From Field to Fork
Imagine a student in crop science. In the morning, they’re monitoring potential crop yield on a test plot. In the afternoon, they’re in the research lab examining the role of microbes in improving soil health.
Their research is specialized but their mission connects them to a broader set of values and culture at U of G: to improve life. They share this mission with peers, and faculty comprised of some of the foremost experts in agriculture and plant/animal sciences. As they are busy finding ways to sustainably feed the world, Hospitality Services is working with local suppliers, committing to sourcing food from sustainable sources, and developing and using best practices at all stages to feed a hungry campus.
This is how Hospitality Services is feeding Canada’s Food University…
Thinking Globally, Eating and Sourcing Locally
The University of Guelph has the best campus food in Canada. You said so. And Maclean’s annual student satisfaction survey reported it. With a deep connection to food and a commitment to preparing it with local, sustainable ingredients, is it any surprise that U of G is a model for campus dining?
Produce, cheese, bread, grains and baked goods served on campus are purchased year-round from more than 75 local farmers at the Elmira Produce Auction Cooperative (EPAC). At the 100 Mile Grille in Creelman Hall, everything from the meat, to produce, to condiments are sourced from within a 100-mile radius of campus. Creelman Bake Shop, which provides many products served on our catering menus and at residence dining halls, bakes with Ontario flour and uses Ontario grains that are certified organic.
Local and sustainable is how we’ve always served food at U of G. Not only is it food that’s good for you, it’s food that’s good for the planet.
An apiculture research student spreads a bit of honey on their toast before class. It’s from one of the 300 hives at U of G’s Honey Bee Research Centre. When they’re done, they are off to study honey bee health and the role of honey bees in agricultural productivity.
The Honey Bee Research Centre is one of the foremost research centres in the world. Since 2012, only U of G produced honey is used and sold on campus.
The Guelph Urban Organic Farm (GCUOF) is a one-hectare learning and research facility established by the Ontario Agricultural College in the Department of Plant Agriculture. Hospitality Services buys the produce and flowers they grow to serve to hungry students, faculty and staff on campus.
The Alma Aquaculture Research Station (AARS) is a state-of-the-art aquaculture research and development facility which has successfully introduced Atlantic salmon, Arctic char and new strains of rainbow trout to the Ontario aquaculture industry. Hospitality services uses Ocean Wise certified Arctic char from AARS for special events and is working towards 100% sustainable seafood for all seafood purchases.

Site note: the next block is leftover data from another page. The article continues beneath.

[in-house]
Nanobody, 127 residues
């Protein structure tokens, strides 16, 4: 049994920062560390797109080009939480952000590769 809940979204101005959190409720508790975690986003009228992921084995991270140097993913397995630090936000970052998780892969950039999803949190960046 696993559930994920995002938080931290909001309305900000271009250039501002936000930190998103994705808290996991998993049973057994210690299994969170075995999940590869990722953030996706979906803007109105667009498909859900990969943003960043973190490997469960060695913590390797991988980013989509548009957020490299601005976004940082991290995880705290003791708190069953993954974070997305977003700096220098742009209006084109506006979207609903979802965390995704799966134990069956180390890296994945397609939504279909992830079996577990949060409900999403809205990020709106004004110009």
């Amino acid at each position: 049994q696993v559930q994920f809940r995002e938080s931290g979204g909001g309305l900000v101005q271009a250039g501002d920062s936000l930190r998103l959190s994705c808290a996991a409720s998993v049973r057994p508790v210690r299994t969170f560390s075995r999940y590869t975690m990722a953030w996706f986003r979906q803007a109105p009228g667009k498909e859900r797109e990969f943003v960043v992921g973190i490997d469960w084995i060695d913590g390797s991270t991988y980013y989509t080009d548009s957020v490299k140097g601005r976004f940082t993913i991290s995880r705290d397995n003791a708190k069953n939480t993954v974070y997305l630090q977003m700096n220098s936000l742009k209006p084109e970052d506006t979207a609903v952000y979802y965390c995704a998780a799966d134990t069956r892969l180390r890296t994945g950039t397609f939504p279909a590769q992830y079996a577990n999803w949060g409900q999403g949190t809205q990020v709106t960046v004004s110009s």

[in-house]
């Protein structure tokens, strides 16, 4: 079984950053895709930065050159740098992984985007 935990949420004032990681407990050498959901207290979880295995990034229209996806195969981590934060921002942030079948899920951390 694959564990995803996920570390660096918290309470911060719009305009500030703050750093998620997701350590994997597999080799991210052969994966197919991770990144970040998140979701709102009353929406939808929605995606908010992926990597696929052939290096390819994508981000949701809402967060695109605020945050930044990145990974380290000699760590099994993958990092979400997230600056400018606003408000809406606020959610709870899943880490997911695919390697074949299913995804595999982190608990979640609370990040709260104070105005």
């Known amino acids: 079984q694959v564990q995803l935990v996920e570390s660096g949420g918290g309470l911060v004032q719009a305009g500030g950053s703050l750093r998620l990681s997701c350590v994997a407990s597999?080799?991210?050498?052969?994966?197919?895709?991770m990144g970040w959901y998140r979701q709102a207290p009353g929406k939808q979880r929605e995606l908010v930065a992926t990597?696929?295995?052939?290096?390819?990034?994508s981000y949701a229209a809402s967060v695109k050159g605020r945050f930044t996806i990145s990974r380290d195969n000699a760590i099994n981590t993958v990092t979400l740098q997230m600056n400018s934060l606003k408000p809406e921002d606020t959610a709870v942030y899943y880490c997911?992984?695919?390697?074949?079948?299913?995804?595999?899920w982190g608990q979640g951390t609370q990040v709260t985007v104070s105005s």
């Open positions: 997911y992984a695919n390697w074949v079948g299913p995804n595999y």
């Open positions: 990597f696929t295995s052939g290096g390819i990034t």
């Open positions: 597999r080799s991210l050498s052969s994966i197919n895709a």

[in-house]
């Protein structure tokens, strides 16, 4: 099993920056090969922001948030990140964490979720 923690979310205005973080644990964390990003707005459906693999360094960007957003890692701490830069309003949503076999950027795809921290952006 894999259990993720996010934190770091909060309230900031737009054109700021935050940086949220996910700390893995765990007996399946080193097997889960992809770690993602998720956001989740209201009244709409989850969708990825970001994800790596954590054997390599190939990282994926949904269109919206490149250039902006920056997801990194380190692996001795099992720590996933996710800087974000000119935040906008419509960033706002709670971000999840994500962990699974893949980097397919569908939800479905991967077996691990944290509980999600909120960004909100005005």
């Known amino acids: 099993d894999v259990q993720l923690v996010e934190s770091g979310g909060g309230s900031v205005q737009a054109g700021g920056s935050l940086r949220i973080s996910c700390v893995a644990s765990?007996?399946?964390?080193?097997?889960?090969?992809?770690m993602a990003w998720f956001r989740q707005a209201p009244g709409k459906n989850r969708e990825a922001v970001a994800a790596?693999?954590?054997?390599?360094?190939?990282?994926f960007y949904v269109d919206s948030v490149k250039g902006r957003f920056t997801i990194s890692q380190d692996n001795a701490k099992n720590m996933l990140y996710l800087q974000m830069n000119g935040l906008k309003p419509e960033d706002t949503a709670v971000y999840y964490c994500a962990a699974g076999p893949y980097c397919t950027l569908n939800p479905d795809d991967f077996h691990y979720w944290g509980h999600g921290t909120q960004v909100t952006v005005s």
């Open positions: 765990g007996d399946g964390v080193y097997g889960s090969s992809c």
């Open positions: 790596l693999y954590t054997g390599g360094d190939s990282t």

We know that a linear food system doesn’t work if we’re going to meet the challenges of a changing climate. These are just a few examples of how committed partnerships, innovative practices and a shared promise to improve the sustainability of food production is defining us as leaders.
Greener Choices: Plant-Based Food Options
As Canada’s food university, we’re not sitting down to lunch without careful consideration of what we consume
. Hospitality Services has joined the international Forward Food campaign, which encourages and enables the catering industry to shift the focus of menus to include more plant-based food to make the global food system more sustainable. On campus, Hospitality Services is working to move 20% of meat protein to plant-based proteins. Already, plant-based food choices are vast and growing. For example, 27 different vegetarian buddha bowls are offered on campus. We’re resetting the table to protect the future of the planet; at breakfast, lunch and dinner.
Food That’s Good for People and the Planet
Our commitment to protect the planet only stands up if we stand up for the people we share it with. U of G is the first Fair Trade Certified Campus east of the Rocky Mountains, third in Canada after Simon Fraser and UBC. All of the coffee and tea served at non-franchise locations on campus is fair trade-certified. Hospitality Services is committed to having all chocolate, chocolate beverages and chocolate ingredients be Fair Trade Certified over the next few years.
365 Days of Local
If you’ve ever wondered if local tastes better, sit down for a meal on campus at U of G. Nothing on your plate will have traveled too far. Our Produce Facility ensures that’s the case year-round. Prepping, packaging and freezing local produce during harvest season means 1,200 pounds of local asparagus can be used throughout the off-season in DIY pasta bars, soups and quiches. It means carrot soup in late February and strawberry rhubarb pie in early Spring. It means reduced greenhouse gas emissions and support for rural economies. It means high Canadian food safety standards, evolved in part by U of G research, are upheld. The Produce Facility allows purchasing in volumes great enough to reduce the cost and ultimately benefit the customer. These are just a few of the benefits of sourcing local. We don’t do it because we’re uniquely able to, we do it because it’s the right thing to do.